Protons & Electrons

In the 1800s, for the first time, scientists began to make real progress in figuring out what the world was made of. Water, it turned out, was made from hydrogen and oxygen. Salt, it turned out, was made from sodium and chlorine. But there were some substances that could not be broken apart… today, we call them elements!

The Periodic Table is simply a list of all the types of atoms that make up everything on Earth. Using those same 100+ ingredients, you can make a rock or an airplane or even a human. Understanding the Periodic Table is an essential part of studying chemistry.

Today students reviewed how to look at a square on the Periodic Table and turn it into a model of an element. Beryllium (Be), for example, has an atomic number of four. That means that its nucleus is made of four protons — otherwise it wouldn’t be Beryllium — and it also normally has four electrons which orbit the nucleus in distinct shells. A simplified model of a Beryllium atom would look like the one below.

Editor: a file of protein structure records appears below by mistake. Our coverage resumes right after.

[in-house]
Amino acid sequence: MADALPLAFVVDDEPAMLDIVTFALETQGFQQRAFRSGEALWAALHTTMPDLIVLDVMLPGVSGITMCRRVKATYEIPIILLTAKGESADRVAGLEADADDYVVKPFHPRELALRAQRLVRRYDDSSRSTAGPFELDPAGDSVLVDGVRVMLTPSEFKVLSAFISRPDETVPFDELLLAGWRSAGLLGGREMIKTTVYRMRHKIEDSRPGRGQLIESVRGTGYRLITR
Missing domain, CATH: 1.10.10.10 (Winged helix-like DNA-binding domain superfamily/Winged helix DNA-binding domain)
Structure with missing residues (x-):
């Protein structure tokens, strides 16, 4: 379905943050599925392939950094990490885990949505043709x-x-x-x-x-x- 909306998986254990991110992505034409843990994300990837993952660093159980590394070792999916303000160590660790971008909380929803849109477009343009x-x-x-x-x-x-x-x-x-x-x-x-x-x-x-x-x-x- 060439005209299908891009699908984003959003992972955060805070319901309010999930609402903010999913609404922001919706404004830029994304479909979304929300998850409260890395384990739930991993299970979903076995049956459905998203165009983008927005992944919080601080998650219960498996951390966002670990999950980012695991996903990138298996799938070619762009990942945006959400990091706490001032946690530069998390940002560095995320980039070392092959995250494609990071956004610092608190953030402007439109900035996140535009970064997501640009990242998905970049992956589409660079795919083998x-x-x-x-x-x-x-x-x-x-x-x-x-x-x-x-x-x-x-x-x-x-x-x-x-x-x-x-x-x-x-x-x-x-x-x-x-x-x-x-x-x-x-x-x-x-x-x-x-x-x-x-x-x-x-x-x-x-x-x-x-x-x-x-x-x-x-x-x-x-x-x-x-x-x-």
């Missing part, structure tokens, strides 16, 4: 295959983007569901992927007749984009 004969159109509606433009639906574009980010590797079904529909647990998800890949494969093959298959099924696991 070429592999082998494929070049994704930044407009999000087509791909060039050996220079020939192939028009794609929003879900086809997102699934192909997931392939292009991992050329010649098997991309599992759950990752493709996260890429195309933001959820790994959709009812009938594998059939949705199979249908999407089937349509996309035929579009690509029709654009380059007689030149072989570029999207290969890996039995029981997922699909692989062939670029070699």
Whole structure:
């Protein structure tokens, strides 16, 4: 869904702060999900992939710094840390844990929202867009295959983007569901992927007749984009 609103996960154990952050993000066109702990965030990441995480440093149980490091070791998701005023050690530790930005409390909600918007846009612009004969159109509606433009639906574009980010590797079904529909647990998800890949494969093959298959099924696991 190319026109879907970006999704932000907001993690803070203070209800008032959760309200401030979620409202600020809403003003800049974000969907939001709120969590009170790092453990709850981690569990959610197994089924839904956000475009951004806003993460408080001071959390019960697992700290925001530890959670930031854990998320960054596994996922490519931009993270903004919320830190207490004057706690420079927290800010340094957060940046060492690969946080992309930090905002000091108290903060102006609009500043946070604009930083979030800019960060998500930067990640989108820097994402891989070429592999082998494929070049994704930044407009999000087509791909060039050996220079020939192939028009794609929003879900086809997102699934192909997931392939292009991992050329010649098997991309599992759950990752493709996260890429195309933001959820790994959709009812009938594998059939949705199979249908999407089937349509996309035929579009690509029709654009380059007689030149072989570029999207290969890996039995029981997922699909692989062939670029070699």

Tomorrow we will add neutrons to the mix, the particle that turned modern chemistry on its head.

October 13 – Protons and Electrons (pg209)

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